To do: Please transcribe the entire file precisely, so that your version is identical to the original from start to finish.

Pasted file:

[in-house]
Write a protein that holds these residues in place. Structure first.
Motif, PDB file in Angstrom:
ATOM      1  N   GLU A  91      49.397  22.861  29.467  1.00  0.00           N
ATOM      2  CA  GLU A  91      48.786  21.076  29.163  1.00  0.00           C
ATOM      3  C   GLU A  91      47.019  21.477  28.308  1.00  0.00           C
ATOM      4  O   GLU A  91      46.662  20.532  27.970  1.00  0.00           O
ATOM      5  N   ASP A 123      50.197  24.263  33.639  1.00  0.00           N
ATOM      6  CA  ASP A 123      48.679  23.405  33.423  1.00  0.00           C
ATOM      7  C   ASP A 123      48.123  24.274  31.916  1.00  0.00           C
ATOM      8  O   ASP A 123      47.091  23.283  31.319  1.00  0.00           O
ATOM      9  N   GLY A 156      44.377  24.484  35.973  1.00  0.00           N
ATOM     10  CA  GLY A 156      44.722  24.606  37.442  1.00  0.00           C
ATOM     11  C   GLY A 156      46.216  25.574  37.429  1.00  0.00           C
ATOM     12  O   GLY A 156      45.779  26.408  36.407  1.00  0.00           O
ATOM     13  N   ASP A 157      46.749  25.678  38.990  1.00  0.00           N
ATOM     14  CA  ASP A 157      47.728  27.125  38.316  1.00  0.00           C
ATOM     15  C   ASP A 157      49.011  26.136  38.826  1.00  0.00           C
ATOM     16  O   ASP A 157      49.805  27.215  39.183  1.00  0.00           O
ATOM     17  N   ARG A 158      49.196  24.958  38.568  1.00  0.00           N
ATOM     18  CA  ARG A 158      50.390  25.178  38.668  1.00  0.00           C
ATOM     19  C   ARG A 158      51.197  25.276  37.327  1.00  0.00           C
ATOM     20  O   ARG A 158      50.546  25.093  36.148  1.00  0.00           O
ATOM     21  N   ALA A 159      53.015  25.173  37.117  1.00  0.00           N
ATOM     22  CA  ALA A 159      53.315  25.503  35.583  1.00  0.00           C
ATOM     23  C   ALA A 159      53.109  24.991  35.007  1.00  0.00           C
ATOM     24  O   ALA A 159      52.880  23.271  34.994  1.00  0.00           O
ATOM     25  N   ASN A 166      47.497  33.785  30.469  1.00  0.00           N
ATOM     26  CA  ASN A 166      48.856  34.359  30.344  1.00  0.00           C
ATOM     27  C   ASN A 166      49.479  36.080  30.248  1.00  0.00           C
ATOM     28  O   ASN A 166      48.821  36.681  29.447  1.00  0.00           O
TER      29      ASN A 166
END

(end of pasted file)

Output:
[in-house]
Write a protein that holds these residues in place. Structure first.
Motif, PDB file in Angstrom:
ATOM      1  N   GLU A  91      49.397  22.861  29.467  1.00  0.00           N
ATOM      2  CA  GLU A  91      48.786  21.076  29.163  1.00  0.00           C
ATOM      3  C   GLU A  91      47.019  21.477  28.308  1.00  0.00           C
ATOM      4  O   GLU A  91      46.662  20.532  27.970  1.00  0.00           O
ATOM      5  N   ASP A 123      50.197  24.263  33.639  1.00  0.00           N
ATOM      6  CA  ASP A 123      48.679  23.405  33.423  1.00  0.00           C
ATOM      7  C   ASP A 123      48.123  24.274  31.916  1.00  0.00           C
ATOM      8  O   ASP A 123      47.091  23.283  31.319  1.00  0.00           O
ATOM      9  N   GLY A 156      44.377  24.484  35.973  1.00  0.00           N
ATOM     10  CA  GLY A 156      44.722  24.606  37.442  1.00  0.00           C
ATOM     11  C   GLY A 156      46.216  25.574  37.429  1.00  0.00           C
ATOM     12  O   GLY A 156      45.779  26.408  36.407  1.00  0.00           O
ATOM     13  N   ASP A 157      46.749  25.678  38.990  1.00  0.00           N
ATOM     14  CA  ASP A 157      47.728  27.125  38.316  1.00  0.00           C
ATOM     15  C   ASP A 157      49.011  26.136  38.826  1.00  0.00           C
ATOM     16  O   ASP A 157      49.805  27.215  39.183  1.00  0.00           O
ATOM     17  N   ARG A 158      49.196  24.958  38.568  1.00  0.00           N
ATOM     18  CA  ARG A 158      50.390  25.178  38.668  1.00  0.00           C
ATOM     19  C   ARG A 158      51.197  25.276  37.327  1.00  0.00           C
ATOM     20  O   ARG A 158      50.546  25.093  36.148  1.00  0.00           O
ATOM     21  N   ALA A 159      53.015  25.173  37.117  1.00  0.00           N
ATOM     22  CA  ALA A 159      53.315  25.503  35.583  1.00  0.00           C
ATOM     23  C   ALA A 159      53.109  24.991  35.007  1.00  0.00           C
ATOM     24  O   ALA A 159      52.880  23.271  34.994  1.00  0.00           O
ATOM     25  N   ASN A 166      47.497  33.785  30.469  1.00  0.00           N
ATOM     26  CA  ASN A 166      48.856  34.359  30.344  1.00  0.00           C
ATOM     27  C   ASN A 166      49.479  36.080  30.248  1.00  0.00           C
ATOM     28  O   ASN A 166      48.821  36.681  29.447  1.00  0.00           O
TER      29      ASN A 166
END